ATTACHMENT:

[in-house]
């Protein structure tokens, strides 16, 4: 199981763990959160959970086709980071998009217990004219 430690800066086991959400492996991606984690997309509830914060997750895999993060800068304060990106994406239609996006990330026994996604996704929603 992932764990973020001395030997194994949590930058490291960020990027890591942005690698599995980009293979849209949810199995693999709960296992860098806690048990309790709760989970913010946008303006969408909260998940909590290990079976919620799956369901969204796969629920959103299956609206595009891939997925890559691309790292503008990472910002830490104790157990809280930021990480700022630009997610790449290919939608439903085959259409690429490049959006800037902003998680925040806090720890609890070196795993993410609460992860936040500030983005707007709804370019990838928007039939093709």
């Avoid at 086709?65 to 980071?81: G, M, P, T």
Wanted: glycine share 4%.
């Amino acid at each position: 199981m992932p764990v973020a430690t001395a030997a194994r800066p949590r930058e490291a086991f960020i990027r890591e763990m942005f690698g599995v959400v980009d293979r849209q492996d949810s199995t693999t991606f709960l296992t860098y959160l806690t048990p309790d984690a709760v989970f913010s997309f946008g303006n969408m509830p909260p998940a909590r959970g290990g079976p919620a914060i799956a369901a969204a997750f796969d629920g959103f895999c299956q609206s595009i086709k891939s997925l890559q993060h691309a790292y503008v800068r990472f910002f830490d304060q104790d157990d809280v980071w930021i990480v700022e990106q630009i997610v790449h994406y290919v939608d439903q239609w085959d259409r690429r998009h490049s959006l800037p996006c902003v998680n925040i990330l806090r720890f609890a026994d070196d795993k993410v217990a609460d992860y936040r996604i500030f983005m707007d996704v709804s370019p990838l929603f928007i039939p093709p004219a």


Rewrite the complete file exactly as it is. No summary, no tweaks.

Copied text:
[in-house]
């Protein structure tokens, strides 16, 4: 199981763990959160959970086709980071998009217990004219 430690800066086991959400492996991606984690997309509830914060997750895999993060800068304060990106994406239609996006990330026994996604996704929603 992932764990973020001395030997194994949590930058490291960020990027890591942005690698599995980009293979849209949810199995693999709960296992860098806690048990309790709760989970913010946008303006969408909260998940909590290990079976919620799956369901969204796969629920959103299956609206595009891939997925890559691309790292503008990472910002830490104790157990809280930021990480700022630009997610790449290919939608439903085959259409690429490049959006800037902003998680925040806090720890609890070196795993993410609460992860936040500030983005707007709804370019990838928007039939093709």
């Avoid at 086709?65 to 980071?81: G, M, P, T």
Wanted: glycine share 4%.
């Amino acid at each position: 199981m992932p764990v973020a430690t001395a030997a194994r800066p949590r930058e490291a086991f960020i990027r890591e763990m942005f690698g599995v959400v980009d293979r849209q492996d949810s199995t693999t991606f709960l296992t860098y959160l806690t048990p309790d984690a709760v989970f913010s997309f946008g303006n969408m509830p909260p998940a909590r959970g290990g079976p919620a914060i799956a369901a969204a997750f796969d629920g959103f895999c299956q609206s595009i086709k891939s997925l890559q993060h691309a790292y503008v800068r990472f910002f830490d304060q104790d157990d809280v980071w930021i990480v700022e990106q630009i997610v790449h994406y290919v939608d439903q239609w085959d259409r690429r998009h490049s959006l800037p996006c902003v998680n925040i990330l806090r720890f609890a026994d070196d795993k993410v217990a609460d992860y936040r996604i500030f983005m707007d996704v709804s370019p990838l929603f928007i039939p093709p004219a």